On our days off from the caravan rebuild, we’ve been helping a local French man Philippe who is building a straw bale house. He built his garage using the same technique last year as a test. This year, he’ll be building his house of about 45m squared 5.5 x 8, a little bigger than what I have in mind for myself but still very similar in scale.
For those who may not be familiar, to build a load bearing straw bale house like the one above, you stack straw bales up like bricks, plonk a roof on and coat the outside with mud plaster. It is incredible because
- It’s easy. Anyone can do it.
- It’s fast. One person can build one in a summer.
- It’s cheap. Straw is a waste product of grain production. Mud is from your land.
- It’s biodegradable. At the end of its 200-300 plus years of life, chuck it in a compost.
- It’s insulation capability is superb. Regulates humidity and keeps your house comfortable.
If I was a politician, I’d put a law into place where a large percentage of new builds must be done with straw. The more I study it, the more I’m convinced that it really is the perfect building material (for this region of the world at least).
When we arrived, he had already dug the trench in the foundation and filled it with gravel to let any water flow out. On top of the gravel, he had layered 3 gravel bags and 2 earth bags pounded into shape and strapped in that order. This is to eliminate any chances of water from moving upwards through capillary action.
We popped in to help create a bracket, levelling it perfectly as we go. We then filled this with lime (a traditional cement alternative with 1 part lime/3 parts sand). I’ve read a lot on lime but it was the first time I’ve had the opportunity to work with this material and it was surprisingly dry compared to cement – almost pushing it into shape. The surface felt dry and brittle the next day but lime slowly hardens and cures over the next two to three weeks. He’d covered the entire thing with burlap sacks, old sheets and cardboard boxes soaked in water to slow the drying process.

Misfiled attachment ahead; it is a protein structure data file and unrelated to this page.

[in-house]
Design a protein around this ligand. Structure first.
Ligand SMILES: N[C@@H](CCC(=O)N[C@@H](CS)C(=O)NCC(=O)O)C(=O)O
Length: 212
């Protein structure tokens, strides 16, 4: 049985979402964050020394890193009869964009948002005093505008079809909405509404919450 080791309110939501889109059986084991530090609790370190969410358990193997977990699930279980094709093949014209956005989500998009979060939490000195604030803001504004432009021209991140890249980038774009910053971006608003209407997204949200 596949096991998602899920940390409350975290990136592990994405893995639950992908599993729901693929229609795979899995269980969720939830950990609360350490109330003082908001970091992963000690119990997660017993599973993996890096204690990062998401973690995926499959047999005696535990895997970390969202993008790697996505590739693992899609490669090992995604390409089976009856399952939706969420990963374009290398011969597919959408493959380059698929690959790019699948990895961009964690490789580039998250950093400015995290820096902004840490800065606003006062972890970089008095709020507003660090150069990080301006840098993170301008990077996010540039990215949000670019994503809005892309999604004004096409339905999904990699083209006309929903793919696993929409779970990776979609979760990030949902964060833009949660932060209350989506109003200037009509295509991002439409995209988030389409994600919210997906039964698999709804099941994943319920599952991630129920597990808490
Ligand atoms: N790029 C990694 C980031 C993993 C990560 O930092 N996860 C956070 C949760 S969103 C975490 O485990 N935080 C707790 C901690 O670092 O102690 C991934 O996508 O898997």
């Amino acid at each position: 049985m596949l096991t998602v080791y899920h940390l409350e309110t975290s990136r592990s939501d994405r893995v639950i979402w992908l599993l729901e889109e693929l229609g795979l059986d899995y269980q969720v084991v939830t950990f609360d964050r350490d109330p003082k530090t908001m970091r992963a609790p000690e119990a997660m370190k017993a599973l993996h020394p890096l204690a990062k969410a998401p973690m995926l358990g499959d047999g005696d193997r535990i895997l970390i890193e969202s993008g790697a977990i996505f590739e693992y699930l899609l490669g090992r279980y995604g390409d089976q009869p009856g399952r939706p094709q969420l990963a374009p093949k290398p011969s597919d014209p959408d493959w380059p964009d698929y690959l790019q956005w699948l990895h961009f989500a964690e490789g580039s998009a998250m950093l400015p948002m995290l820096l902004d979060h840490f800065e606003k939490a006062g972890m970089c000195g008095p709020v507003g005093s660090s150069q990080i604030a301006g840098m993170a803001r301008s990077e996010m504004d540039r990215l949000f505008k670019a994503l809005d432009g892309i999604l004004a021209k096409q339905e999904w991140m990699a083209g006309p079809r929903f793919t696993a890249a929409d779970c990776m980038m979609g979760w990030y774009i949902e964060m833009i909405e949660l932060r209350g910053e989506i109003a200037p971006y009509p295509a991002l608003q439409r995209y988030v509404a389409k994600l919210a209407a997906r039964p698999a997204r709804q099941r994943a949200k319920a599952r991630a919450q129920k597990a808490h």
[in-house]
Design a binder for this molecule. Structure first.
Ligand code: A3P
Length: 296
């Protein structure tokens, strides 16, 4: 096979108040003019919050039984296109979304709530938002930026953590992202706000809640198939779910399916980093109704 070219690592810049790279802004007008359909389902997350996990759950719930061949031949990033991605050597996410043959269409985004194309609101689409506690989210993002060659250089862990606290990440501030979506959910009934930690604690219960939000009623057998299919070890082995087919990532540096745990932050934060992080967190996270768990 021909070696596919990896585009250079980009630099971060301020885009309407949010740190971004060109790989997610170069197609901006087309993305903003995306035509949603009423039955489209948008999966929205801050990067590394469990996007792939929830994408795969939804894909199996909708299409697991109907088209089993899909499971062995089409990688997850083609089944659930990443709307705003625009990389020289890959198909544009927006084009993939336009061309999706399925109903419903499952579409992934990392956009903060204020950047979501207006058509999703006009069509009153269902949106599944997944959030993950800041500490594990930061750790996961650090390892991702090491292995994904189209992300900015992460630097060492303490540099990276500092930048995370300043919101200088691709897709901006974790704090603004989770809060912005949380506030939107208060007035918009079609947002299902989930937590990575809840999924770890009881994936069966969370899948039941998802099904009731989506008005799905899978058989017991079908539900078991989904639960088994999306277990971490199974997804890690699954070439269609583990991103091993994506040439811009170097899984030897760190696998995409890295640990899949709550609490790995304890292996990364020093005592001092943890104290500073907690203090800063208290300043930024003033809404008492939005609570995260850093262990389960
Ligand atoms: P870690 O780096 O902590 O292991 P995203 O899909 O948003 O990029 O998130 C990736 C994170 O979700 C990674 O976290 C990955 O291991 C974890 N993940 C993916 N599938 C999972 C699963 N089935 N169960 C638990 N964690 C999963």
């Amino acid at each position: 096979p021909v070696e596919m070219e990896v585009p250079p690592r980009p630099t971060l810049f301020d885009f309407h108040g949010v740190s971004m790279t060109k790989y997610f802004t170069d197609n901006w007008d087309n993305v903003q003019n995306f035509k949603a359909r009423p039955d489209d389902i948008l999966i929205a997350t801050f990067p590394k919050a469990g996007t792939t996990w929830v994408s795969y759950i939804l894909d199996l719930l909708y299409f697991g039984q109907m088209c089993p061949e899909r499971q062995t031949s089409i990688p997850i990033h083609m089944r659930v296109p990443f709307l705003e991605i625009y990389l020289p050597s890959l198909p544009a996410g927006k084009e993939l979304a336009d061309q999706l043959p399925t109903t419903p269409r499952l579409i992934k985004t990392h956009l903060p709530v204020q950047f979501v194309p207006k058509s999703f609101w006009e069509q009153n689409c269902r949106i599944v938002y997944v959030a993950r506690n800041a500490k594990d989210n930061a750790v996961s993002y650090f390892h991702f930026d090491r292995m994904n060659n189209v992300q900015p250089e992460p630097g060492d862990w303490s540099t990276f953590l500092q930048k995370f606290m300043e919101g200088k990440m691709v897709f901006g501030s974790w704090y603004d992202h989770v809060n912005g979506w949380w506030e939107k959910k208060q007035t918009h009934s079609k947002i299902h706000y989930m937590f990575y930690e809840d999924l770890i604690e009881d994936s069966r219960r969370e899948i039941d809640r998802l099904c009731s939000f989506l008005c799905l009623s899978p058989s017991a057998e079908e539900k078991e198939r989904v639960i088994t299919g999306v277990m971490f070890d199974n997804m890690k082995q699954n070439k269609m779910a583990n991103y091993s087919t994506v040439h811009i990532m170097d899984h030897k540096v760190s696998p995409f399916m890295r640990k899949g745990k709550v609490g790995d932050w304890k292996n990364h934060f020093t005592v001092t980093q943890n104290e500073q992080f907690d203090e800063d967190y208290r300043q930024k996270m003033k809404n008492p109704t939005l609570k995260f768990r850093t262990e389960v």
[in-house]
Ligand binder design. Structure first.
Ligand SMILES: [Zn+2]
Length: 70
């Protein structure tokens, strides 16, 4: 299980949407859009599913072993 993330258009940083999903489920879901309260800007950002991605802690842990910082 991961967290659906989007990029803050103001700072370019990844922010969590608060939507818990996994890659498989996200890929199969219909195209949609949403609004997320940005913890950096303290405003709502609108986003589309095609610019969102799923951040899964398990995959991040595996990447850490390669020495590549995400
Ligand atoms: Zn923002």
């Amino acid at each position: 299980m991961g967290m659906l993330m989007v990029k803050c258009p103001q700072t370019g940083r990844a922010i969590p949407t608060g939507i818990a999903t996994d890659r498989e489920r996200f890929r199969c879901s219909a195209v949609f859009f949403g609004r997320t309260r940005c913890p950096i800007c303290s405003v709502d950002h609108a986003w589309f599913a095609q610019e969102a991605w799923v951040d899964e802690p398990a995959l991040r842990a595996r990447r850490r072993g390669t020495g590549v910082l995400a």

This week, we filled back the earth around the exterier perimeter and added gravel. A mud plaster, made of 4 part soil, 4 part sand, 2 finely chopped straw and half a litre of wheat flour water (1 flour to 9 water), was applied to the foundation earth bags. This was to protect the polypropylene bags from degrading under the UV light.
The soil, which he dug out for the foundation earlier, is really silty with a tiny amount of clay so he uses equal amount of soil and sand but if the soil is heavy in clay, the percentage of sand must go up to stop it from cracking. He recommends testing the mix first, making sure it sticks to something fairly smooth and dry it to see if it starts to crack.
He’s also showed us an experiement that he’s been conducting on using adobe earth bricks. A mixture of 6 part soil, 1.5 sand, 1.5 straw, 1 water filled into a brick shape and then dried for a couple of weeks. No firing, no binding chemical, just plain soil mixed and dried. The picture shows a screw in the brick holding 50kg. I knew houses in drier climates were made of soil bricks but I’ve always doubted it’s strength until I saw this.
I’ve been really struggling to find the right material for use as mass within the house. I even considered using stone – strawbale on the outside, stone on the inside – probably very effective at temperature regulation but not very practical with a meter thick wall. Adobe bricks seems like an easy, cheap, environmentally sound, flexible and adaptable material to build walls and add heat sink mass.
One of the exciting things I’ve learnt working here is that the battery powered tools have come a long way. Philippe uses a set of hand tools including a round saw, an angle grinder, two drills and a multitool by Milwaukee using interchangeable 5 amp batteries. Apparently, there are now batteries with 10 amps which is truly mind boggling. He recharges them using his solar panels, essentially making his house build powered by the sun. Well, almost, he’s got a generator for some bigger tools.
The issue of rare metal extraction and battery disposal at the end of its life is still something that I need to see solved before I dive into it, and a careful calculation of its environmental cost vs. its benefit has to be done. But the power and durability of these tools are now up to a point where I’d be quite happy to switch completely.